By J.W.


Part 1 originally appeared in The Australasian 20-Oct-1923 p. 28

It is not my intention in this article to refer to all of the splendid players who have appeared on the football stage in the last 40 years, hut only to concentrate on those who were in absolutely the first flight. Before my time there were great players of the game that was then the vogue, and there is no reason to doubt but that many of them would have been suited by the modern conditions which have made "pace" the first object, with its consequent and numerous blunders. The actual style of play is much faster now, but the players themselves are not the equal in pace to dozens of those old champions, many of whom have gone, alas! to their long resting-place.

The Changing Game

During the whole of my career the game was played with 20 men a side, and generally of two hours' duration, with only a spell in the middle, and much of the time-with little marks. In my latter playing days the little mark absurdity was altered to allow the ball being kicked at least five yards, a great improvement. Those little marks were a clog on pace, and were greatly abused, much as is the so-called hand-passing of the present day. In course of time 18 men a side became the law-- a distinct advancement, as it was a striking factor in opening up the play.

In the old days there was no bouncing the hall in the centre at the commencement of a match or when a goal was kicked. The players lined up on each side of the centre, hot being allowed in the enemy's territory, and many were the devices to counteract the doubtful advantage of a kick-off from the centre by the captain or some trusted kickist. The ball was generally punted high towards one of the flanks to allow a player of the same side, if possible, to handle the ball before an opponent got hold of it.

The modern style is, therefore, in practically every way a marked improvement on the old; and, while there are many more good players now than was the case 30 and 40 years ago, I have no hesitation in saying that there is not a man among the present-day exponents equal to any one of at least 'a dozen I will mention later in any branch of the game except, perhaps, the long kicking of McNamara, the St. Kilda captain, who has been playing for many years. And there were some wonderfully long kickists in the days that have passed by, men who made it a specialty. What would the present supporters think of an incident that occurred on the East Melbourne Cricket-ground over 30 years ago in a match between Fitzroy and Carlton, when, with a place-kick, Jasper Jones, from the centre, kicked a behind towards the northern end? It did not carry the distance on the full, but bounced high up, just missing a post. Luckily for Fitzroy, only goals counted in those days, points being an innovation that has also been a pronounced success.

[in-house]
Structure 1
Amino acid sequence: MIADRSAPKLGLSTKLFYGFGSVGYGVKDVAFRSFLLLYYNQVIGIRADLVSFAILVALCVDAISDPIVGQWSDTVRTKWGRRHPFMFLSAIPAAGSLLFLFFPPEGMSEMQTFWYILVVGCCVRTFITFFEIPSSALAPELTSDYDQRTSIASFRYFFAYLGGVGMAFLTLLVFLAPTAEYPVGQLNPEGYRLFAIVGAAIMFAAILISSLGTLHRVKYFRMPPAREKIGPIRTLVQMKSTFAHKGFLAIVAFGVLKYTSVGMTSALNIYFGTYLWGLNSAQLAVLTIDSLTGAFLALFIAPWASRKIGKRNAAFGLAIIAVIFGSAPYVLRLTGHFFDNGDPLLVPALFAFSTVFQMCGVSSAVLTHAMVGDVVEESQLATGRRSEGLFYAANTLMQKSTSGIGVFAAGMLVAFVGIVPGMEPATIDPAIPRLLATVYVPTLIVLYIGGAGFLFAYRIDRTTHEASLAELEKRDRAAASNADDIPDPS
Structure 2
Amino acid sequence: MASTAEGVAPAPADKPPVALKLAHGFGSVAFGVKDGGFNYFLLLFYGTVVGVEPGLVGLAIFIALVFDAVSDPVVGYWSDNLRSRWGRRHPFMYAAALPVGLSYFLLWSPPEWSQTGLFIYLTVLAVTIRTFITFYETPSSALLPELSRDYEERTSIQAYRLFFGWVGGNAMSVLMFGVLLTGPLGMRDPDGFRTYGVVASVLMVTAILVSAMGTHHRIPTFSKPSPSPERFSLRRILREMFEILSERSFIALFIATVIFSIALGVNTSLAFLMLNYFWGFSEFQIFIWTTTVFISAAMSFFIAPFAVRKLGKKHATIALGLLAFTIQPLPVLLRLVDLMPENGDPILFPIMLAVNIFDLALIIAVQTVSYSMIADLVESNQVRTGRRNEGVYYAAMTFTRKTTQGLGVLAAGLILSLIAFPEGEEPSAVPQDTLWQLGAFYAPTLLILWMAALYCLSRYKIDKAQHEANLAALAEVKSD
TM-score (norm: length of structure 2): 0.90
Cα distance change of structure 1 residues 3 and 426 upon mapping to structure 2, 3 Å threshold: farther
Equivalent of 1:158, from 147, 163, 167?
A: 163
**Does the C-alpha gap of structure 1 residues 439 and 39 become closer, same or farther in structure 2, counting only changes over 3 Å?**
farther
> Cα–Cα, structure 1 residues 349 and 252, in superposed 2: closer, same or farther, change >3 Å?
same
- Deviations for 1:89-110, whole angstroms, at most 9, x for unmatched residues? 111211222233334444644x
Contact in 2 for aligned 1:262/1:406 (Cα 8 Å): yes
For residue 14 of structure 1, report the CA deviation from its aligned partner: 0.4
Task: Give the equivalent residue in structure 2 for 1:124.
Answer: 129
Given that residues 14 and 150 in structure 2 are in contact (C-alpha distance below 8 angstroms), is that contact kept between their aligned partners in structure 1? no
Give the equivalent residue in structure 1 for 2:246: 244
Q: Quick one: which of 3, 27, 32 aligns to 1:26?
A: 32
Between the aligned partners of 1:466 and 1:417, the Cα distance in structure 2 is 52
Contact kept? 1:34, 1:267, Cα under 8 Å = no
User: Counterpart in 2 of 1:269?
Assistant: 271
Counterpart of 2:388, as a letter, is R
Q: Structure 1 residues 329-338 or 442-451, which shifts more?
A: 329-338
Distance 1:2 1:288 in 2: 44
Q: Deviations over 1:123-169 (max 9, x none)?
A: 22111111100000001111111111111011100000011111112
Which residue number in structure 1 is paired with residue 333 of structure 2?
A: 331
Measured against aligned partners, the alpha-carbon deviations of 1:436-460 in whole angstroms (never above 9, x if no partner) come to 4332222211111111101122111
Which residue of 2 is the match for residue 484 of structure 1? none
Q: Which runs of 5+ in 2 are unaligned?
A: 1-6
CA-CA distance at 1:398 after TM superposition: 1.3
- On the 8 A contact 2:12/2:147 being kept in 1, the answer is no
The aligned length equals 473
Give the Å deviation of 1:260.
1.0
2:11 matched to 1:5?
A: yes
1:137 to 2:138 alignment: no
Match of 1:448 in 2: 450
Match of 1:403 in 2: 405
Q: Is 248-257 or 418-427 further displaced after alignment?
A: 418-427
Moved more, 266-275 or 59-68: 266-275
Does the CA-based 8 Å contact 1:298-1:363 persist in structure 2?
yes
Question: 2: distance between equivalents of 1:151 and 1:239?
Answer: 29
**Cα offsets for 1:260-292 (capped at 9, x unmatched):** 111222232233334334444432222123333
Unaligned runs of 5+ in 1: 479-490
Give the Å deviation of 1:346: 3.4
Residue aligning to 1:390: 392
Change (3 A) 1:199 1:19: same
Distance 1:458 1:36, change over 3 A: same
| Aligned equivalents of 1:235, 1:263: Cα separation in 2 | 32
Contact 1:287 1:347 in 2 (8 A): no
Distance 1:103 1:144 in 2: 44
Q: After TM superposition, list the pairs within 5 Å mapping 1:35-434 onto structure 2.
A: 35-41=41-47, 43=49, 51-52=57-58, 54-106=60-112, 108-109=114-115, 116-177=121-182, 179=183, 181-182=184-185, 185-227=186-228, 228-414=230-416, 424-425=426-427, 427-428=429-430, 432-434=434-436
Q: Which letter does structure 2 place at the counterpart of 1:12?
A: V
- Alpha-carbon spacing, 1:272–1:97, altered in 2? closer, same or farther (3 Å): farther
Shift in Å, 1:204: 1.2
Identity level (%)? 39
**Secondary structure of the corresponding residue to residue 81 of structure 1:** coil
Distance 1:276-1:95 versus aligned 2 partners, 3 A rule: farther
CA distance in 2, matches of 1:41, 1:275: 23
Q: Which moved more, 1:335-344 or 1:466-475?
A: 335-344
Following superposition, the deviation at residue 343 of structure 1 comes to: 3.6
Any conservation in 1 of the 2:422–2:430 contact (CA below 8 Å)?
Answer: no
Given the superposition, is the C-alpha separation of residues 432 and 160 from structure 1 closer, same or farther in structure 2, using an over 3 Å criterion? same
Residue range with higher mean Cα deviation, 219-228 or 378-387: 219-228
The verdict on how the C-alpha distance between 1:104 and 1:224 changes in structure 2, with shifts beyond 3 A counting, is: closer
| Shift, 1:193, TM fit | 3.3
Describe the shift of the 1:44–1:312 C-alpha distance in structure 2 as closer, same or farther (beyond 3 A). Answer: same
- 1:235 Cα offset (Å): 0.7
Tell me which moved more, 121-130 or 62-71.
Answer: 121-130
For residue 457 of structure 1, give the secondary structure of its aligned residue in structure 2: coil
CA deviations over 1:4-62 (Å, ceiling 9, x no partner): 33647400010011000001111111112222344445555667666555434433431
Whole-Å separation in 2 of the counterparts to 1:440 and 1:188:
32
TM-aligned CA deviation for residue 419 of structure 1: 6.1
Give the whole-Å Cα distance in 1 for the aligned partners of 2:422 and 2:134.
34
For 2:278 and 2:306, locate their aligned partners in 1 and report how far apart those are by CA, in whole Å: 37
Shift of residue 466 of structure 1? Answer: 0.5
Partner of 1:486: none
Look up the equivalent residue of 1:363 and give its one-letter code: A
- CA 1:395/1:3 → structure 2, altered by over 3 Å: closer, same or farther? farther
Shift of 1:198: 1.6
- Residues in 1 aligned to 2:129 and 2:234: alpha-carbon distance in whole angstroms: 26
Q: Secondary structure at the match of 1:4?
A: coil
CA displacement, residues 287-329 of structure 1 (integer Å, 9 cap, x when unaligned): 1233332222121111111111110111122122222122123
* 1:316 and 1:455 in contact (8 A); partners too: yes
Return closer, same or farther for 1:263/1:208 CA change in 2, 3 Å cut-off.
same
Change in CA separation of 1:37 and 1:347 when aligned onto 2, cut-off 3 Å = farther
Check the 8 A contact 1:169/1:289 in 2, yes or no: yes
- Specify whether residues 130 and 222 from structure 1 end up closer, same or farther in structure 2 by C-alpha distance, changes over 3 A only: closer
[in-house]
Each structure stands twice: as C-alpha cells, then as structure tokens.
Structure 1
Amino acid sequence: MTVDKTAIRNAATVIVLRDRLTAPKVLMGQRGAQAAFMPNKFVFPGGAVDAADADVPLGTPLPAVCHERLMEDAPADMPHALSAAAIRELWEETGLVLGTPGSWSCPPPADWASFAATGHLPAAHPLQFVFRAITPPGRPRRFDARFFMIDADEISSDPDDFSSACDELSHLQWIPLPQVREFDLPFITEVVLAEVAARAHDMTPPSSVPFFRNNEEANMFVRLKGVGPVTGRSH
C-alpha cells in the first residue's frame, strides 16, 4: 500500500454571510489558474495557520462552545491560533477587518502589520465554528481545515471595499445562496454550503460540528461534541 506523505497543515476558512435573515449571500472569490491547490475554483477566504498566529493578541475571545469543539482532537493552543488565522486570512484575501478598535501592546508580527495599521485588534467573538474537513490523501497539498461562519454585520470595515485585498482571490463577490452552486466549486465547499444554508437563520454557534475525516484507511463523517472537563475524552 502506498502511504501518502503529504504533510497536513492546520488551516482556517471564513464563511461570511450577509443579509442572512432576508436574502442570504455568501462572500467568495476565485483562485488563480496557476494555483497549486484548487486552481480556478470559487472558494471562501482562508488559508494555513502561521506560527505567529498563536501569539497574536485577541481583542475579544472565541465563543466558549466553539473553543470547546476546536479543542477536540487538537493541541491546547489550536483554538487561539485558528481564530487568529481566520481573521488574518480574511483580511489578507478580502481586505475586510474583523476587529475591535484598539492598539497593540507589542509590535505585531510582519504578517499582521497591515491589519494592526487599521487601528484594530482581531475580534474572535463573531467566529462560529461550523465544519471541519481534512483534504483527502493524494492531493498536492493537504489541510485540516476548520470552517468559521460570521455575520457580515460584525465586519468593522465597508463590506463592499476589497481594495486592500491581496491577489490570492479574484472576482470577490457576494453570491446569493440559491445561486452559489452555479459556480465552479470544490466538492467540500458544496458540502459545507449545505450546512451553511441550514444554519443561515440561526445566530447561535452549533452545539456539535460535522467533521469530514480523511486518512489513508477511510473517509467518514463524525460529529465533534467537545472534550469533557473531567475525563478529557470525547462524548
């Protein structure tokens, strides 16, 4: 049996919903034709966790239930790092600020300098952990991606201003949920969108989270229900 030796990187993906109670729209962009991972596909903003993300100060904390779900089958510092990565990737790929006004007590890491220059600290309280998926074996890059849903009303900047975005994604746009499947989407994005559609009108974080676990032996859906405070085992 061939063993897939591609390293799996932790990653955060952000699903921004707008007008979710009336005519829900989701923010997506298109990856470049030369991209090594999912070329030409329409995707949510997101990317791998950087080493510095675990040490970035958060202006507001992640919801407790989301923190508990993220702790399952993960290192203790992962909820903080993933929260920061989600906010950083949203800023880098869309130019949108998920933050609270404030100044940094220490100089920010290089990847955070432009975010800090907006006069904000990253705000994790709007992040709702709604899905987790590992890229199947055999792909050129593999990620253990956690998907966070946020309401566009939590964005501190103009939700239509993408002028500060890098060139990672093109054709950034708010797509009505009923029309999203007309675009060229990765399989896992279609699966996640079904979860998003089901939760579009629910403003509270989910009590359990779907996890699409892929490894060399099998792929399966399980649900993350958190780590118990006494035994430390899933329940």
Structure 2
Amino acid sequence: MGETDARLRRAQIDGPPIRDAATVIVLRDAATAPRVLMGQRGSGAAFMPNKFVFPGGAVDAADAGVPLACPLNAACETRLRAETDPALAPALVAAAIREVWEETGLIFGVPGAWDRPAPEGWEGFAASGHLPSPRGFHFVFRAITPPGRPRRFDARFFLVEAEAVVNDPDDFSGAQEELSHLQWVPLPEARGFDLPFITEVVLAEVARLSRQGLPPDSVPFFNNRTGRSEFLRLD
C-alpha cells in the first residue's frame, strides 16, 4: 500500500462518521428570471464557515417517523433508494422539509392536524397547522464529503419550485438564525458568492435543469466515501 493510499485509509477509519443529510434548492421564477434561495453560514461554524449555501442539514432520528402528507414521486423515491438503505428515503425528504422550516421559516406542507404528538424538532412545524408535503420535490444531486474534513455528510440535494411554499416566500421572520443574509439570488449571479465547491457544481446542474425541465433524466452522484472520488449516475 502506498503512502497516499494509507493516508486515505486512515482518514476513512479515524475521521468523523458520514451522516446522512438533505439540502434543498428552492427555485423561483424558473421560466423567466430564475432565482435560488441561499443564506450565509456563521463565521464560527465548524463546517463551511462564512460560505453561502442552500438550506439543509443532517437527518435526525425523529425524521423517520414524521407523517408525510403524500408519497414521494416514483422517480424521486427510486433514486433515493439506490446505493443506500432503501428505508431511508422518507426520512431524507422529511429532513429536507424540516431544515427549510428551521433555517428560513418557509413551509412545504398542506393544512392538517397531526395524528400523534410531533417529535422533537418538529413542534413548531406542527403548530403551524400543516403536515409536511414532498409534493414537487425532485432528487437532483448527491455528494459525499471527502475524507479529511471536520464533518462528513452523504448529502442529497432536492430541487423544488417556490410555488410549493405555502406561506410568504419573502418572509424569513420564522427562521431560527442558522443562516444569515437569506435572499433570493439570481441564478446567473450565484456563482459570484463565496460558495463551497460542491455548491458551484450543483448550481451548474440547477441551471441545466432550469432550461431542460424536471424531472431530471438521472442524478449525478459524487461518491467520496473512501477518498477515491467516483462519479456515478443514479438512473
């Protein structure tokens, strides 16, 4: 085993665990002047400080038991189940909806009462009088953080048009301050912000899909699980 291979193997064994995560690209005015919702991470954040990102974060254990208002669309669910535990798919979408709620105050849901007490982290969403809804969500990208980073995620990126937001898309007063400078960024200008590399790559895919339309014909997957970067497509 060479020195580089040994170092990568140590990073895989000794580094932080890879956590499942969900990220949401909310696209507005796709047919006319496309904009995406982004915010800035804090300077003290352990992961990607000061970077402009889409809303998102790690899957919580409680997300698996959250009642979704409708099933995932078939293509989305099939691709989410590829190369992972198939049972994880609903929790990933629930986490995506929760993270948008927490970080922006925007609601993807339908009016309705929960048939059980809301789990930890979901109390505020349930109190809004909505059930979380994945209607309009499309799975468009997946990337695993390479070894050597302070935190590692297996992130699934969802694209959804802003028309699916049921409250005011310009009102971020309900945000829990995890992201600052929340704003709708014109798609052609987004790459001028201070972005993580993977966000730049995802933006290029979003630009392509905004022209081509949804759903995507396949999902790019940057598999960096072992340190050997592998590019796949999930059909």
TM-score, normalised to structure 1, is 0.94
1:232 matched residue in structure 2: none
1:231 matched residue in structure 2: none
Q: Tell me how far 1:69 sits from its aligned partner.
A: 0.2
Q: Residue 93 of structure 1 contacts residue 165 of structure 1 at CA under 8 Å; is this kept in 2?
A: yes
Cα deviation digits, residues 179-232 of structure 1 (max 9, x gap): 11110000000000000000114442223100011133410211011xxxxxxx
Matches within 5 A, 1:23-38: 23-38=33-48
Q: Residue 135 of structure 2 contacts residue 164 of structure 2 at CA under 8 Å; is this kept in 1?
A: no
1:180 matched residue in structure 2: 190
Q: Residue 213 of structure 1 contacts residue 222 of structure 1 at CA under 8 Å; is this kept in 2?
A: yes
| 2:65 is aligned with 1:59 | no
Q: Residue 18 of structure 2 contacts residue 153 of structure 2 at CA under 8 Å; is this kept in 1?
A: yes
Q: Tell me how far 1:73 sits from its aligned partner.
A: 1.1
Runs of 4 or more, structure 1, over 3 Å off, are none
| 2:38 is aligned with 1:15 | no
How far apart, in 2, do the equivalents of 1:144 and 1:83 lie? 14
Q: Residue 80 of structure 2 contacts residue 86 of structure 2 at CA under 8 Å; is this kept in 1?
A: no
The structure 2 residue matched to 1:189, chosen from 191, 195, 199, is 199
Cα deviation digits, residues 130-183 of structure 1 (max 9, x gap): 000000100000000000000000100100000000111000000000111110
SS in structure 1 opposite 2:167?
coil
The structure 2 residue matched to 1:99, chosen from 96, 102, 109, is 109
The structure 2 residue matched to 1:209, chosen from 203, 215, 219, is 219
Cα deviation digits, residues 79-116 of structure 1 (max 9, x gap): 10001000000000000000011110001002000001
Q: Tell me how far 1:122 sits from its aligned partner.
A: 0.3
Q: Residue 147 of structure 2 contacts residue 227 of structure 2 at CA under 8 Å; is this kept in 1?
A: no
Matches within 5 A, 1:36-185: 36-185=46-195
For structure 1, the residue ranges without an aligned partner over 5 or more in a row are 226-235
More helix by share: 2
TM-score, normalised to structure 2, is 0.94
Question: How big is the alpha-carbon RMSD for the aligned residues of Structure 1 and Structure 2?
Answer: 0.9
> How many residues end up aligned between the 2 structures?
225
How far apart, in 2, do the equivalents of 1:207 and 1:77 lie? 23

Australasian 20 Oct 1923 P28 Jack Baker And Sam Bloomfield
Australasian 20 Oct 1923 P28 Jack Baker And Sam Bloomfield

George Coulthard and "Jimmy" Wilson

From the early days of football the two names that have been handed down as champions are George Coulthard, of Carlton, and "Jimmy" Wilson, of. Geelong, the noted owner and trainer of thorough bred - horses. Coulthard was principally a ruck man, with limbs of steel. He was an accurate goal-kicker. Wilson, who had immense strength, great dash, and wonderful determination, was a defender. Coulthard was a man of parts, and possessed that athletic look in his face that was such a marked, characteristic of "Bill" Beach, the great sculler. He was a cricketer of no mean ability, and when he changed his residence to Sydney became a champion Rugby player.

In one of his matches - I question whether it was not his first—he kicked several goals with running shots from the field, a hitherto unheard-of proceeding, as Rugby men are not good drop-kicks. From a Rugby point of view, however, it was not considered the correct game, but the old Carlton champion knew from experience that the easiest shot on the field was an unimpeded running one. I. have been told on excellent authority that this habit of Coulthard's was responsible for an alteration of the rules, fewer points afterwards being given for a field goal than from one obtained otherwise. But I am not an expert on the Rugby code, and am only repeating what has been said to me. However, be that as it may, there is no denying that his versatility and excellence in all-round athletics made him a Rugby champion.

It will still be remembered by many how his decision in giving “Billy” Murdoch, the old Australian Eleven captain, run out when nearing his century in a Test match In 1878-9 on the Sydney ground caused the area to be rushed by an excited mob. It has become almost a tradition that the Englishmen were mobbed by the mass; but nothing of the sort occurred. It was really the outcome of the old inter-colonial jealousy. The crowd resented a Victorian, who travelled with the Englishmen as their umpire, giving a New South Wales man out in the circumstances. Murdoch was at the time on the threshold of his grand batting career, and the crowd was incensed by the umpire's decision, and not with the Englishman.